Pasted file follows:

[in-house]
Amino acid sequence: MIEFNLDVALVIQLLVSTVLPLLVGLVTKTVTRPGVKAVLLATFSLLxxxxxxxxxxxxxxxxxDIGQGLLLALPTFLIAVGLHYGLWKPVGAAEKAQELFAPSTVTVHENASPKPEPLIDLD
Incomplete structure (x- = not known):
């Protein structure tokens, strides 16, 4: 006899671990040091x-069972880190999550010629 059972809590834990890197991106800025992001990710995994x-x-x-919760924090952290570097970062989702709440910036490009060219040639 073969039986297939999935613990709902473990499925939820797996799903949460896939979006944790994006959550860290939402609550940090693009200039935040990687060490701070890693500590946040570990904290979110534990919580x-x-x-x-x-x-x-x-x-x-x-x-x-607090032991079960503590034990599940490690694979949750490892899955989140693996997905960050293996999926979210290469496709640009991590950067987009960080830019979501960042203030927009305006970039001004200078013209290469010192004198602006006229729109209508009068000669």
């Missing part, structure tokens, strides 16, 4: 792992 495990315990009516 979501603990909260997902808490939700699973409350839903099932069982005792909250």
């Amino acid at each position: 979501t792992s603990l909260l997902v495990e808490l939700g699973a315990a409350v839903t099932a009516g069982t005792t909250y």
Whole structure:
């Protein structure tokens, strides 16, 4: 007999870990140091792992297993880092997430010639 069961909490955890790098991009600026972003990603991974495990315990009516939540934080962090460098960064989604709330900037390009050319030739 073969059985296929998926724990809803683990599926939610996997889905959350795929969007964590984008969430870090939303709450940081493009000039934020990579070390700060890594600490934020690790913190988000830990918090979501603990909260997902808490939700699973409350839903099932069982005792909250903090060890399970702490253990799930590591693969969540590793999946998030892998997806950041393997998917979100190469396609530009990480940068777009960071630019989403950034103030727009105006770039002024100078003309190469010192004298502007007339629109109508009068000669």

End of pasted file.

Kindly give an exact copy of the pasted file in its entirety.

[in-house]
Amino acid sequence: MIEFNLDVALVIQLLVSTVLPLLVGLVTKTVTRPGVKAVLLATFSLLxxxxxxxxxxxxxxxxxDIGQGLLLALPTFLIAVGLHYGLWKPVGAAEKAQELFAPSTVTVHENASPKPEPLIDLD
Incomplete structure (x- = not known):
């Protein structure tokens, strides 16, 4: 006899671990040091x-069972880190999550010629 059972809590834990890197991106800025992001990710995994x-x-x-919760924090952290570097970062989702709440910036490009060219040639 073969039986297939999935613990709902473990499925939820797996799903949460896939979006944790994006959550860290939402609550940090693009200039935040990687060490701070890693500590946040570990904290979110534990919580x-x-x-x-x-x-x-x-x-x-x-x-x-607090032991079960503590034990599940490690694979949750490892899955989140693996997905960050293996999926979210290469496709640009991590950067987009960080830019979501960042203030927009305006970039001004200078013209290469010192004198602006006229729109209508009068000669």
């Missing part, structure tokens, strides 16, 4: 792992 495990315990009516 979501603990909260997902808490939700699973409350839903099932069982005792909250």
């Amino acid at each position: 979501t792992s603990l909260l997902v495990e808490l939700g699973a315990a409350v839903t099932a009516g069982t005792t909250y």
Whole structure:
């Protein structure tokens, strides 16, 4: 007999870990140091792992297993880092997430010639 069961909490955890790098991009600026972003990603991974495990315990009516939540934080962090460098960064989604709330900037390009050319030739 073969059985296929998926724990809803683990599926939610996997889905959350795929969007964590984008969430870090939303709450940081493009000039934020990579070390700060890594600490934020690790913190988000830990918090979501603990909260997902808490939700699973409350839903099932069982005792909250903090060890399970702490253990799930590591693969969540590793999946998030892998997806950041393997998917979100190469396609530009990480940068777009960071630019989403950034103030727009105006770039002024100078003309190469010192004298502007007339629109109508009068000669």